Primary smooth muscle tumors of the thyroid gland.

Thompson LD, Wenig BM, Adair CF, Shmookler BM, Heffess CS.
Cancer. 1997 Feb 1;79(3):579-87.
BACKGROUND: Primary smooth muscle tumors of the thyroid gland are rare. To date, there are few cases reported of primary thyroid leiomyomas and leiomyosarcomas.
METHODS: One leiomyoma and four leiomyosarcomas arising within the thyroid gland were identified in the files of the Endocrine Tumor Registry of the Armed Forces Institute of Pathology. Histologic and immunohistochemical features were reviewed and follow-up obtained.
RESULTS: The patients included 2 females, ages 56 and 64 years, and 3 males, ages 45, 68, and 83 years. The patients presented with a mass in the thyroid gland that had increased in size over a number of months. All the tumors originated within a single lobe of the thyroid gland and measured from 1.1 to 9 cm in greatest dimension. Histologically, there was a fascicular pattern of growth comprised of spindle-shaped cells with blunt-ended nuclei. The leiomyoma was encapsulated, cytologically bland, and amitotic; the leiomyosarcomas were invasive with increased cellularity, pleomorphism, a high mitotic rate, necrosis, and hemorrhage. Immunohistochemical staining showed reactivity with vimentin, smooth muscle actin, muscle specific actin, and desmin. The patient with the leiomyoma was alive without evidence of disease 11 years after the initial presentation, with surgical resection as the only treatment. Three of the patients with leiomyosarcomas were dead within 2 years of diagnosis, in spite of aggressive therapeutic intervention. The remaining patient was still alive 10 months after initial presentation with multiple lung metastases.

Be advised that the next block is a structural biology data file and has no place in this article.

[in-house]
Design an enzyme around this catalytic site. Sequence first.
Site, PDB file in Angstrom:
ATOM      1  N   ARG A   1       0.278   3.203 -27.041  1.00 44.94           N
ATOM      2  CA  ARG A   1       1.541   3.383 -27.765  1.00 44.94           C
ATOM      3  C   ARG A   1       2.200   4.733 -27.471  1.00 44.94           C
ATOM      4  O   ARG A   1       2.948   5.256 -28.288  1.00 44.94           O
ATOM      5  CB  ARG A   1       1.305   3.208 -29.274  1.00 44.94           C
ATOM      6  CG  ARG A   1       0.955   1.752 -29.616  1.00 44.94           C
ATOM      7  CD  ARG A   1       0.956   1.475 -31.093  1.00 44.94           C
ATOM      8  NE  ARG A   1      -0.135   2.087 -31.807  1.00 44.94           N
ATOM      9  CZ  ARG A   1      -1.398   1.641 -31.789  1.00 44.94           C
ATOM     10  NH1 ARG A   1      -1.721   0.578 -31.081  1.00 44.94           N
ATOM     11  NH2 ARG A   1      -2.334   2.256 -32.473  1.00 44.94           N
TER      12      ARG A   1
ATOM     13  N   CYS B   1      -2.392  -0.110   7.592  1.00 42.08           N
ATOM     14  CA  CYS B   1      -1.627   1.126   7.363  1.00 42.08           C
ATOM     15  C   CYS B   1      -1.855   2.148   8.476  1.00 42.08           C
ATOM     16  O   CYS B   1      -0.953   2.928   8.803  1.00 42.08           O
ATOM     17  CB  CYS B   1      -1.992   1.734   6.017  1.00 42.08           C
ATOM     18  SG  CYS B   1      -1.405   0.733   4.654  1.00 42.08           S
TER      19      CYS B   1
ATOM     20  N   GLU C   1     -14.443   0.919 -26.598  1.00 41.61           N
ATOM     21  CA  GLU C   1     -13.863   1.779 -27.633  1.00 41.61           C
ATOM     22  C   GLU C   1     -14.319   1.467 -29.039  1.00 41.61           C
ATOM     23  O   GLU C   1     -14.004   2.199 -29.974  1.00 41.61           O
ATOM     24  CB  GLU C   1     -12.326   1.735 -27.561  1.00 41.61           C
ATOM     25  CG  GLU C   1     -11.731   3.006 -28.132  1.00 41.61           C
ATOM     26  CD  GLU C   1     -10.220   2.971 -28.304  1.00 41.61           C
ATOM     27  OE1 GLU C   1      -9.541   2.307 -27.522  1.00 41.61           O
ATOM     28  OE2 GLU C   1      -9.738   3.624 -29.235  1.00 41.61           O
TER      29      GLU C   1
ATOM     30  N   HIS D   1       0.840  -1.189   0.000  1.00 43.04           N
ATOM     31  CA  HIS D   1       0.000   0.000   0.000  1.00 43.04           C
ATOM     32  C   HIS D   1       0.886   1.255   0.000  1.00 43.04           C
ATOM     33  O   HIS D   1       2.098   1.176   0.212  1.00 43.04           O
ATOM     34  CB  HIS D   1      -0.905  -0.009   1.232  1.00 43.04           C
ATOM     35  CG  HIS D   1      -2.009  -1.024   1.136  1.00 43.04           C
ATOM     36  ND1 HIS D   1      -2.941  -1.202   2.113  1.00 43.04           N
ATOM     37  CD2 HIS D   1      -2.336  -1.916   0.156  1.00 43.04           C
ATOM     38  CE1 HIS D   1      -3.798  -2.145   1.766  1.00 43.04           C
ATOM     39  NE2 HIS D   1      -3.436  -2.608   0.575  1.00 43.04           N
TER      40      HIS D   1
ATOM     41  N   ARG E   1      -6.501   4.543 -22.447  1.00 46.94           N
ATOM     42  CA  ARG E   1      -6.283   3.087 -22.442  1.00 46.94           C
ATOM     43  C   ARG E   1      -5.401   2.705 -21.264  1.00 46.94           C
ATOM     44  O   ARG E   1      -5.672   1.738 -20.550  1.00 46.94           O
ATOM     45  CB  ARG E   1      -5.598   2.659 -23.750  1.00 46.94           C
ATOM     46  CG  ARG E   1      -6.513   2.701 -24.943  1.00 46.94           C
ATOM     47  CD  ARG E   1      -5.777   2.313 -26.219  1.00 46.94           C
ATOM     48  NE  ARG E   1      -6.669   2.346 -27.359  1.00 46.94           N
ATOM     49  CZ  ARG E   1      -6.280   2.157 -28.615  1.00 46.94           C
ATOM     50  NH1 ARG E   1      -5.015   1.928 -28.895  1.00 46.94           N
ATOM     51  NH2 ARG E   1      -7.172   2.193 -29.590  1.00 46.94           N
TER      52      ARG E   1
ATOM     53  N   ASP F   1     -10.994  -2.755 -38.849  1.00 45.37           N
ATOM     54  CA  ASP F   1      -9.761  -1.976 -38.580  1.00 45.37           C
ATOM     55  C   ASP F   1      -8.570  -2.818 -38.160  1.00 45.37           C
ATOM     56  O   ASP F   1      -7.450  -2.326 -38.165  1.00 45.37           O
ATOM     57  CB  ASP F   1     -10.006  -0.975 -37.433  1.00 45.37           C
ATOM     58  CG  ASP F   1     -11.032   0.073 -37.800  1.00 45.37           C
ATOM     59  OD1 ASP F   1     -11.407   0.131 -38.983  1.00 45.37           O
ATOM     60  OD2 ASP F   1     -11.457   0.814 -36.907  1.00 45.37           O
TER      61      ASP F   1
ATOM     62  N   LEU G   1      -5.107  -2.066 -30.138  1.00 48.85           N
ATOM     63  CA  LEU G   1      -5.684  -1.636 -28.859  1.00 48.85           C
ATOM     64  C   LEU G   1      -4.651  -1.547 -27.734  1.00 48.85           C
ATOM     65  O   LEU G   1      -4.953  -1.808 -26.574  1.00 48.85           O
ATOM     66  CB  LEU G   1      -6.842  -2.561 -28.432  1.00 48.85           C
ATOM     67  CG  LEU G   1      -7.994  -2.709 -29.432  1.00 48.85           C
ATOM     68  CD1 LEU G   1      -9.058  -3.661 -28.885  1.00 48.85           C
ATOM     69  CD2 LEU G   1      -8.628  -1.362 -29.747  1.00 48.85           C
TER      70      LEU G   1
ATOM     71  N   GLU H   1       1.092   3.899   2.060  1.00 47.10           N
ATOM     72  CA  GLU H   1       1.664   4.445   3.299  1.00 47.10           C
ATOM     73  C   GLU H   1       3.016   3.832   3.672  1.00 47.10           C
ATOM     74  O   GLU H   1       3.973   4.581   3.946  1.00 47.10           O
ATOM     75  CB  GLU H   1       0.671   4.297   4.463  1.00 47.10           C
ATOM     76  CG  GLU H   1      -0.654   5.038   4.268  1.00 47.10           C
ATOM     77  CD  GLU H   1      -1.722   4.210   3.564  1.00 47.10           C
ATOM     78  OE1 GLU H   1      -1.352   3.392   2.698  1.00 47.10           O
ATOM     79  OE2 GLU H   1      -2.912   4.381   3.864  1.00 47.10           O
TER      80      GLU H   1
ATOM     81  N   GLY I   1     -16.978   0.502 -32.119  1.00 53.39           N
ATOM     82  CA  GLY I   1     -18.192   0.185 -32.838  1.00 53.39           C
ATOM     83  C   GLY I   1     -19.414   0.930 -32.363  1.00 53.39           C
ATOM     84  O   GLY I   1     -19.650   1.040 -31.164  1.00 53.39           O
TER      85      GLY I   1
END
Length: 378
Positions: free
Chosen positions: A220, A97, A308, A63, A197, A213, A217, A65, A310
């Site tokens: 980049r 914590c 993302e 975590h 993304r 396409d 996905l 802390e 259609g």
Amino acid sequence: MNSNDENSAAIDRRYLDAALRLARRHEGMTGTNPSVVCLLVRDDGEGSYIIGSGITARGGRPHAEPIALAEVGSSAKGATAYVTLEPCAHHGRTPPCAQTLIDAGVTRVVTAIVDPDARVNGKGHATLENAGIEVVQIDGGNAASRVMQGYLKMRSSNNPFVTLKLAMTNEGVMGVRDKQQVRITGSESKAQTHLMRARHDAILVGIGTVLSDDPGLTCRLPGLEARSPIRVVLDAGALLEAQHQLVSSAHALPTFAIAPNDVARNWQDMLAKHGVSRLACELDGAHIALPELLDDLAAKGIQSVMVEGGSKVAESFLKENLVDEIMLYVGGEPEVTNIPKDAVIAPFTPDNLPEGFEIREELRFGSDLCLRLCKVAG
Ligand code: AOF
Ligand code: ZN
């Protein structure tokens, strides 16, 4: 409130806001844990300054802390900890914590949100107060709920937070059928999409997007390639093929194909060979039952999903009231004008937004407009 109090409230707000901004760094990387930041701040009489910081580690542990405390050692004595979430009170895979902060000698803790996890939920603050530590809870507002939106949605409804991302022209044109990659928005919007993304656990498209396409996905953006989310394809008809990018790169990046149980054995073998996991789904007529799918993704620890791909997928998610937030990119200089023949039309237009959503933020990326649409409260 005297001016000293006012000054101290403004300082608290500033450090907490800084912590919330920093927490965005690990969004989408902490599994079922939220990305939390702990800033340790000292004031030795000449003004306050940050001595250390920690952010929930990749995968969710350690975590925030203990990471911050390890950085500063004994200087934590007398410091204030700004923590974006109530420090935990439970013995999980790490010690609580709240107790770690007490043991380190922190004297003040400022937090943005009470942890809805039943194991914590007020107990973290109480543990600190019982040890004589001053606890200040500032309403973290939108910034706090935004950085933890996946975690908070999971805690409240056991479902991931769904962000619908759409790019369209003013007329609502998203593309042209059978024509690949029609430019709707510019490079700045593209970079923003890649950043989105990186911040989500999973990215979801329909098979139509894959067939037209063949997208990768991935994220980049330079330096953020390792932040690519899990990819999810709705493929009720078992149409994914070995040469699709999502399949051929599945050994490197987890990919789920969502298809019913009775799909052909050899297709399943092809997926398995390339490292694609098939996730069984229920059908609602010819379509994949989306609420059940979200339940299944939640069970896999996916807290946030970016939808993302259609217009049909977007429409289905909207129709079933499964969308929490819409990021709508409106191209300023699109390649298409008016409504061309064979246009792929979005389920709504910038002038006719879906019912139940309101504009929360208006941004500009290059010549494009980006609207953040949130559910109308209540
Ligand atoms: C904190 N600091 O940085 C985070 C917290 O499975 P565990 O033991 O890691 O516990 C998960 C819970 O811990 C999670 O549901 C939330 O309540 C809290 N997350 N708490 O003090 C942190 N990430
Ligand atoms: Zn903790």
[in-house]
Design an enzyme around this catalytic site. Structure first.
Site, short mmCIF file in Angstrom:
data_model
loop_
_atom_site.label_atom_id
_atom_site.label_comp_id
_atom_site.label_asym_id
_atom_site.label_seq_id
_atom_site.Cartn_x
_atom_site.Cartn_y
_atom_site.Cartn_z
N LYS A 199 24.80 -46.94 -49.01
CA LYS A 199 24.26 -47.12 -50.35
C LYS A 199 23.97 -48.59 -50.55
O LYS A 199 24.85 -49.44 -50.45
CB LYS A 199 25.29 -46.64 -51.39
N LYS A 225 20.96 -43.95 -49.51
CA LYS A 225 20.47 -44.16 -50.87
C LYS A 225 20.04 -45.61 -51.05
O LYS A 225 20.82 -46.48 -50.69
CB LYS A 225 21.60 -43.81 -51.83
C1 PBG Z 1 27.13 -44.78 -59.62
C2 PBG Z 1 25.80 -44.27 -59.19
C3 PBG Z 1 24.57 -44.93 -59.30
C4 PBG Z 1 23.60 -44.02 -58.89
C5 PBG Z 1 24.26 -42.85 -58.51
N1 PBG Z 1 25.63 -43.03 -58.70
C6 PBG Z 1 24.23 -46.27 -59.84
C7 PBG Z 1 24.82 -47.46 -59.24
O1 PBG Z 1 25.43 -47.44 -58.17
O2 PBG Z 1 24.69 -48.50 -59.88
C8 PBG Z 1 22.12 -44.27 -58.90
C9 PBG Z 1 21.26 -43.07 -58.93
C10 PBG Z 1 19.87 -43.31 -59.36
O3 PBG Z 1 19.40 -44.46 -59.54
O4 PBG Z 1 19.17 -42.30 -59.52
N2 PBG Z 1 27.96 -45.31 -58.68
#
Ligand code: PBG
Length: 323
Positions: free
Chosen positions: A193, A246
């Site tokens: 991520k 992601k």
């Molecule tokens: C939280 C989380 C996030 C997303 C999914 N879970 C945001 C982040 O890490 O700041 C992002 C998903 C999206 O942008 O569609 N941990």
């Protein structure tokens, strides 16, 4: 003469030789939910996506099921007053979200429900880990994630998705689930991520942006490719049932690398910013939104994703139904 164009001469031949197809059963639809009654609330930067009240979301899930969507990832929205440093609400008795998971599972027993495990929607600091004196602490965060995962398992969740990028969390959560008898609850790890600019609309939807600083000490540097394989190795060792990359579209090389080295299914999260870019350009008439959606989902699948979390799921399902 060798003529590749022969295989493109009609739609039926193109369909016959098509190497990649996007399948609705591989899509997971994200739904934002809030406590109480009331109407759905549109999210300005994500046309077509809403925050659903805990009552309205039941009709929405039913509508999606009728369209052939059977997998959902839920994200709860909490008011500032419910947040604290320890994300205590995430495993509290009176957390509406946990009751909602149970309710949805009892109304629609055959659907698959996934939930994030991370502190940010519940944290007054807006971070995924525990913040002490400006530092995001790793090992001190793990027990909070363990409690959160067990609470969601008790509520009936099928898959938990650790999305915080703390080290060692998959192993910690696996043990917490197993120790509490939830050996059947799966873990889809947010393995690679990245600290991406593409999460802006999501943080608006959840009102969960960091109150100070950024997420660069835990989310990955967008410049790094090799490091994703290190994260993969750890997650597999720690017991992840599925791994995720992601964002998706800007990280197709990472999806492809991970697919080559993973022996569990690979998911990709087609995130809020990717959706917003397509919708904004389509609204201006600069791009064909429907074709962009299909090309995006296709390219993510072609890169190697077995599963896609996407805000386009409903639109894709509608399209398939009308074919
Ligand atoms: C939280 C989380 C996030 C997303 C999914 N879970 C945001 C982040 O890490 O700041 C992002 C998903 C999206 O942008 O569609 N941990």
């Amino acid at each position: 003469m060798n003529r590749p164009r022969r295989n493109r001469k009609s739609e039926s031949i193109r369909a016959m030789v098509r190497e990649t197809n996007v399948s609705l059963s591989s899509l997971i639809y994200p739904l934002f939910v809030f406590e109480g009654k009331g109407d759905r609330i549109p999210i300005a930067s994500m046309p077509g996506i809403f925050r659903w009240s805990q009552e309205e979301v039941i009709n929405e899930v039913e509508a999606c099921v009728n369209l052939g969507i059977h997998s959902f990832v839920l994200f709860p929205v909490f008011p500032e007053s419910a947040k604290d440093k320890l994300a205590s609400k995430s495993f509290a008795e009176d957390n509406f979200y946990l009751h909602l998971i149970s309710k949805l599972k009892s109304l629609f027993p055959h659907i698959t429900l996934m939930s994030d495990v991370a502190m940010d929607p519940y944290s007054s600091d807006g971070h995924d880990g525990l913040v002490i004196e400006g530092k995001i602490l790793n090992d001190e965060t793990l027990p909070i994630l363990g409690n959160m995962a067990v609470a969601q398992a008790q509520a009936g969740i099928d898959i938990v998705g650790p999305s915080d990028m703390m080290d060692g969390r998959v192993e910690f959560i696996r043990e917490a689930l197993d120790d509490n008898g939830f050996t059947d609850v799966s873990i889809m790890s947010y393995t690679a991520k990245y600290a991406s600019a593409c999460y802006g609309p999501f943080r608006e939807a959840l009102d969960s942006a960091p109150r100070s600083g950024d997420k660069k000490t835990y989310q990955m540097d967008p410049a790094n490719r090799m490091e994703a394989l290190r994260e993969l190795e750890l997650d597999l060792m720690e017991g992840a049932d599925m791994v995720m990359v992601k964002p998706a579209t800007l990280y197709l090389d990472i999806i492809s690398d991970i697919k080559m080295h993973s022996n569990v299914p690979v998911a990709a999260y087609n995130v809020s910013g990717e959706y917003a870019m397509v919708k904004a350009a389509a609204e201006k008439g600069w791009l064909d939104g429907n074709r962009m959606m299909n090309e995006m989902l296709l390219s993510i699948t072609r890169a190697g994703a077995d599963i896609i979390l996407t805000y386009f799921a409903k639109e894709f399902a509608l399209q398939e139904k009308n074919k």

CONCLUSIONS: Smooth muscle tumors of the thyroid gland are distinctive tumors. Leiomyosarcomas can be distinguished from anaplastic carcinoma, although patient outcome is uniformly unfavorable.
PubMed ID: 9028371
Article Size: 1 MB